An Untamed Summer

In an attempt to be more reflective and transparent, I’m resurrecting this blog. Plus, it’s just a great way to share fun stuff that I stumble upon while surfing the web. To kick things off I thought it would be appropriate to give a quick update in regards to what’s been going on in my life.  I’m not about to go all the way back to 2008 so I’ll just give y’all a recap of this summer. And just to preface:  Read this particular post as  a series of scratches on the proverbial surface that makes up my summer. These bullet points will serve as sneak peaks at my next few posts. In other words, the details are coming soon!

  • One of my Bible study groups has been going through Alan and Debra Hirsch’s book titled “Untamed: Reactivating a Missional Form of Discipleship“. To summarize I’ll say this: WOW. What a great read this book has been. I’ve spent a great deal of time reflecting on anything and everything that has to do with the church (i.e. What is the church? What models of church are the most successful? How should we even define “success” within the church? Etc…) and a great deal of these reflections have been stimulated by Alan and Debra’s reflections. I’ll most definitely take another post to share more of my thoughts in detail concerning the church and everything related.
  • While I’m on the topic of church I’ll say this: thank God for community. This summer has been a breath of fresh air in this respect. To update briefly, I’m still attending Mountain View on Sunday mornings when I’m around. On top of that I’m attending house churches on Sunday nights and Thursday nights. I’m new to the whole house church thing but so far I’m loving it. Pardon the cliché but less really is more. The small group atmosphere that the house church fosters seems to breed honesty, openness, and transparency. Both of the house churches that I’ve been involved in this summer have been committed to living out 1 John 1:5-10.
  • On that note, I’m making 1 John 1:5-10 my theme verse for this upcoming school year. I leave in just under two weeks to head back up to Columbia Bible College for another year of studies. I’m going to be a Resident Leader again which essentially consists of building relationships with the 11 guys in dorms that God places under my care, facilitating spiritual growth to the best of my ability, and just keeping things under control in the dorms. I was an RL last year and I learned quite a bit and I look forward to taking another crack at it this year.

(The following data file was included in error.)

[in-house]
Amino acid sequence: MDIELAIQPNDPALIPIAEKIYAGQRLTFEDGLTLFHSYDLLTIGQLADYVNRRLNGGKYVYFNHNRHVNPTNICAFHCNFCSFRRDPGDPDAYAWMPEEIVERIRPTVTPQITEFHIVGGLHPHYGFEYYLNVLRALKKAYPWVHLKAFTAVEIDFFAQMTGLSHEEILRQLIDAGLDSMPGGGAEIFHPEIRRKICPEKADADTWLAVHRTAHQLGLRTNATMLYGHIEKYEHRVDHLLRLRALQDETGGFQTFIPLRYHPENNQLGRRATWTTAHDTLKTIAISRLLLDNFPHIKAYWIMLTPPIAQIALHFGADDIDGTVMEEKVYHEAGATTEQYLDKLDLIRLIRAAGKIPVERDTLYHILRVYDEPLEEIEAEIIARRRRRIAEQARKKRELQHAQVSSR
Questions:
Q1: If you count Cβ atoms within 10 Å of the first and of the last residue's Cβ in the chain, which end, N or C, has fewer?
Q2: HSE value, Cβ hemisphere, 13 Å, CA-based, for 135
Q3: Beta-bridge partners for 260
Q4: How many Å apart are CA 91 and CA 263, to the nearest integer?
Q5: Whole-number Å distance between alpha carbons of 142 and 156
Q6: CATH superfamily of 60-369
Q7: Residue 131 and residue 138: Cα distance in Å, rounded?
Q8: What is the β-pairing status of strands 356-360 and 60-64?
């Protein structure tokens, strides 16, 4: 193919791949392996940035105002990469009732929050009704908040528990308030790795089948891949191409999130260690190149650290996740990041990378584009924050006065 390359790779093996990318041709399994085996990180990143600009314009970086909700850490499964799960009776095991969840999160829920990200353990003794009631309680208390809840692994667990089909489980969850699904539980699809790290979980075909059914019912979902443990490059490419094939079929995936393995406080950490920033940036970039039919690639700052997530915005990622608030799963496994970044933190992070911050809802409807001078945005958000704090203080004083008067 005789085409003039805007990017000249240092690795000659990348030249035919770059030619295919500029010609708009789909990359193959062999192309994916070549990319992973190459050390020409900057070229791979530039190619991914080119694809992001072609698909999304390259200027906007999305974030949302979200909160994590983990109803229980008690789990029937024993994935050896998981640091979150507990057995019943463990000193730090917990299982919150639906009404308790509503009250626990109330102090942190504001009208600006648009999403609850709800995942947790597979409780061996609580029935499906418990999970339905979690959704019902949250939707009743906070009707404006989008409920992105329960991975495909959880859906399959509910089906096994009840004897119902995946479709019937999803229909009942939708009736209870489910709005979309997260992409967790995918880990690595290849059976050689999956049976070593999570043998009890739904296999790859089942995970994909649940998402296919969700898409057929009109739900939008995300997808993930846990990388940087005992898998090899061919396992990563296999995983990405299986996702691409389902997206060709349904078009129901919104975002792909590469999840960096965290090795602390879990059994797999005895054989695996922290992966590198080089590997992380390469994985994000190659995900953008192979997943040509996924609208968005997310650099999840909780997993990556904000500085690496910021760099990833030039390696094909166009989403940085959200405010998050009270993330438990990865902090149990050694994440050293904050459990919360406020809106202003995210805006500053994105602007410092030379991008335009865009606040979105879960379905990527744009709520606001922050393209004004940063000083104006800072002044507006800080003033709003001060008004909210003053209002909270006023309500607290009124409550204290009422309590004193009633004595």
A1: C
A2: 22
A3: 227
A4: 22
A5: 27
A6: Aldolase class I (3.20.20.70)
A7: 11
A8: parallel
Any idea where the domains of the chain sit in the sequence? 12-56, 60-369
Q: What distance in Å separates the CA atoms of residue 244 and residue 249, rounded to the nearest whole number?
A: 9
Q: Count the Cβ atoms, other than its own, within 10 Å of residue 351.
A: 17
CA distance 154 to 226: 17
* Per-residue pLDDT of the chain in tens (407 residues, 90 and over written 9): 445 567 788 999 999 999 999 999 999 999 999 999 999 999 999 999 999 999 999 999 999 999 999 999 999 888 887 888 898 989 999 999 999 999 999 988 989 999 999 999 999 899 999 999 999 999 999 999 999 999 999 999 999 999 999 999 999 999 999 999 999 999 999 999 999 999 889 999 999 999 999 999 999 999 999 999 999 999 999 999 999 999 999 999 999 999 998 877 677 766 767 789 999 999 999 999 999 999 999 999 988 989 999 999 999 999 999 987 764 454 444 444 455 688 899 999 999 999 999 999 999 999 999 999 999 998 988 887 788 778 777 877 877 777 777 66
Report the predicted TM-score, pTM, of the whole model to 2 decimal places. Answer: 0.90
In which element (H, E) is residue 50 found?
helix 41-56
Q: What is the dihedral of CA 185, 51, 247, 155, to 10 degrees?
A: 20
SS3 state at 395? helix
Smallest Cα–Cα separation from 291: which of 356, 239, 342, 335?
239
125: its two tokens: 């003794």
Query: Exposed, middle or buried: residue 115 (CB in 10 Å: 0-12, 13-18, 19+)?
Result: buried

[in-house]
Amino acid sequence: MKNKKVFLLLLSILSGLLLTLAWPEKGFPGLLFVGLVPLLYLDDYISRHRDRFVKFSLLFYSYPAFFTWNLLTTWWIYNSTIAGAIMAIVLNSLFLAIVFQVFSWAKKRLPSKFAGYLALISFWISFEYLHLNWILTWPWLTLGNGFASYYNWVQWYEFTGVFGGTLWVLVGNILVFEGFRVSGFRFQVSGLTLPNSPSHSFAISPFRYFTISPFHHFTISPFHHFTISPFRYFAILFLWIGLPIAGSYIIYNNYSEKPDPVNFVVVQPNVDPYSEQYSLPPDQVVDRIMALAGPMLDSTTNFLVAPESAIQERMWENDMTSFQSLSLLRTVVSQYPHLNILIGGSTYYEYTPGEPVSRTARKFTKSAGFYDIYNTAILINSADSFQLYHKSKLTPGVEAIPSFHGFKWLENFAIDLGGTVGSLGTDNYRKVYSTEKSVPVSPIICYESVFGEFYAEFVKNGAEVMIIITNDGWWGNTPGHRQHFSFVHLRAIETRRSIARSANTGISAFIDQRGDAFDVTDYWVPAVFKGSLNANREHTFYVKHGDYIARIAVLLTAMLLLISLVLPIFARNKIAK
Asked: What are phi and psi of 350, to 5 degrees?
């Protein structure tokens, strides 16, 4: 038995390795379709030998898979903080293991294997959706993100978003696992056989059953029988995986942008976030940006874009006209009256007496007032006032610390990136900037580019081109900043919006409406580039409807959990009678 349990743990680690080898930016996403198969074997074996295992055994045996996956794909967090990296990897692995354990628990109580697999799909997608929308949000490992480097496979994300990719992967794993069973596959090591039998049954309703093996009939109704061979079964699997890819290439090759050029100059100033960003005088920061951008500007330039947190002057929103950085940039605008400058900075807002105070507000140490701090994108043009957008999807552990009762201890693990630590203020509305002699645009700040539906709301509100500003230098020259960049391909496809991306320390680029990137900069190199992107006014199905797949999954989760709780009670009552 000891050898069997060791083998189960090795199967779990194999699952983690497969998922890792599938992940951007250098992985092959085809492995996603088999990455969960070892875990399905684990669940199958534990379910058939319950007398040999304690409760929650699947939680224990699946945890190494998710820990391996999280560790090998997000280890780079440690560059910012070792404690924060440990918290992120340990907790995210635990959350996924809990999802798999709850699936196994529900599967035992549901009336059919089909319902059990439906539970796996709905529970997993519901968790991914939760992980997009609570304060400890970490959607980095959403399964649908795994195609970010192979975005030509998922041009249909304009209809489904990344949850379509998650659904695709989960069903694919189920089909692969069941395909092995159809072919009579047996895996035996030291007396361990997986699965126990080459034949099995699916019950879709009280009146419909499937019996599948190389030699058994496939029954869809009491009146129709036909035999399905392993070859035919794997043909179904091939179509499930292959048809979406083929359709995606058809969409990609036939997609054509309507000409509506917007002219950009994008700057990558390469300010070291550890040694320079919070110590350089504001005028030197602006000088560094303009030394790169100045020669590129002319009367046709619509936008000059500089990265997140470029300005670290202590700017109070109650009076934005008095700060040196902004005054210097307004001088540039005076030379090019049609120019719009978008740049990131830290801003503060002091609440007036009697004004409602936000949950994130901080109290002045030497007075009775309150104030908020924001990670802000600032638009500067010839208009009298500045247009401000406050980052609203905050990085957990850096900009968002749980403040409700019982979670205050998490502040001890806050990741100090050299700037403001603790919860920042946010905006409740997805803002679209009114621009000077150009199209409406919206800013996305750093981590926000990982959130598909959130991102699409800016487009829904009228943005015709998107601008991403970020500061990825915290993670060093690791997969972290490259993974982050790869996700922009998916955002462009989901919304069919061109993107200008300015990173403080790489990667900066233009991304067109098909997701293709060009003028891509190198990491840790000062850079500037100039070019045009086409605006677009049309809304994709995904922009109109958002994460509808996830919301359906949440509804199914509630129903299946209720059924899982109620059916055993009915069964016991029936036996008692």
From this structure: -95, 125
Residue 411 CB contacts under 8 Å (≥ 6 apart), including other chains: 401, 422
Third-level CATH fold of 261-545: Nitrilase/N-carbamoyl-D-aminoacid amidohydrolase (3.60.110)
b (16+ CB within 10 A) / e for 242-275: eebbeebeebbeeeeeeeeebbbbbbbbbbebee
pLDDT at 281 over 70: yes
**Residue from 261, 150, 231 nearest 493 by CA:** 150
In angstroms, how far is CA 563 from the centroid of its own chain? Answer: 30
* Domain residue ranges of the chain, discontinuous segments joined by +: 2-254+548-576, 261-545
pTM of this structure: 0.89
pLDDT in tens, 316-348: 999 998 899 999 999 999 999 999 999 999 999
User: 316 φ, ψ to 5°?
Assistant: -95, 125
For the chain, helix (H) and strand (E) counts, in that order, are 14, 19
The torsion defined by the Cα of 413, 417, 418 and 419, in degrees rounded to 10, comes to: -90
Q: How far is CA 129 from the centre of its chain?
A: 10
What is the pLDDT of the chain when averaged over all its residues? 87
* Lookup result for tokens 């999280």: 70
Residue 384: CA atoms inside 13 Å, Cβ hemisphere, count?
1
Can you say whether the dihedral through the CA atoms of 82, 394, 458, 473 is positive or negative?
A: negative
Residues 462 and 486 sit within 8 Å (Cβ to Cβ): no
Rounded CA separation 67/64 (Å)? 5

• Politically, I’ve been on quite the journey this summer. When the 4th of July rolled around the American flags went up and patriotism was bubbling forth everywhere I looked. I confess that I felt a little uneasy about it all. Some of you know what my political journey has looked like over the course of most of my adult life (for those of you who don’t I will be taking you through it all in another post) but to summarize, due to where I’ve come from I am what you might call hypersensitive to hyper-patriotism. Anywho, my uneasiness led to yet another paradigm shift concerning my political views. To sum up where I’ve landed I’ll say this: Jesus is King. Of course, I’ll be teasing that out in another post.
  • Nothing has changed this summer concerning my man crush on N.T. Wright. I finished “The Resurrection of the Son of God” at the beginning of the summer which I can honestly say has changed my life. His work on the resurrection has changed the way I view the world. On top of that I am almost finished with his book entitled “What Saint Paul Really Said” which is essentially a summary of what many are calling “The New Perspective on Paul“. Without going too in depth I’ll say that despite the recent criticisms of Wright from those who belong to the Reformed circle, his work must be taken seriously due to his commitment to being faithful to the Scriptures. I love that Wright’s aim is not to view Scripture through the lens of Luther and Calvin (which is, in my opinion, the aim of Reformed theology) but instead, to “think Paul’s thoughts after him.” I’ll leave it at that for now.

Anywho,  every one of these bullets are begging to be teased out but, like I said earlier, the deets are coming! Until then I’ll conclude by saying that this summer has been great in regards to learning what it means to be more in love with Jesus. It’s my prayer that every season of my life leads to growth in that respect.


A Jubilee Celebration

In Shane Claiborne’s most recent post on God’s Politics he tells a story that I thought was especially relevant and thought stirring. He touches on the concept of Jubilee, a Biblical celebration discussed in Leviticus 25 in which there is a redistribution of land and cancellation of debts. It’s a celebration that is had for the marginalized of a given society; a chance for people to be freed from their financial bondage and remember that ultimately, YHWH is the owner of all earthy possessions. This video is a glimpse of what it may look like today: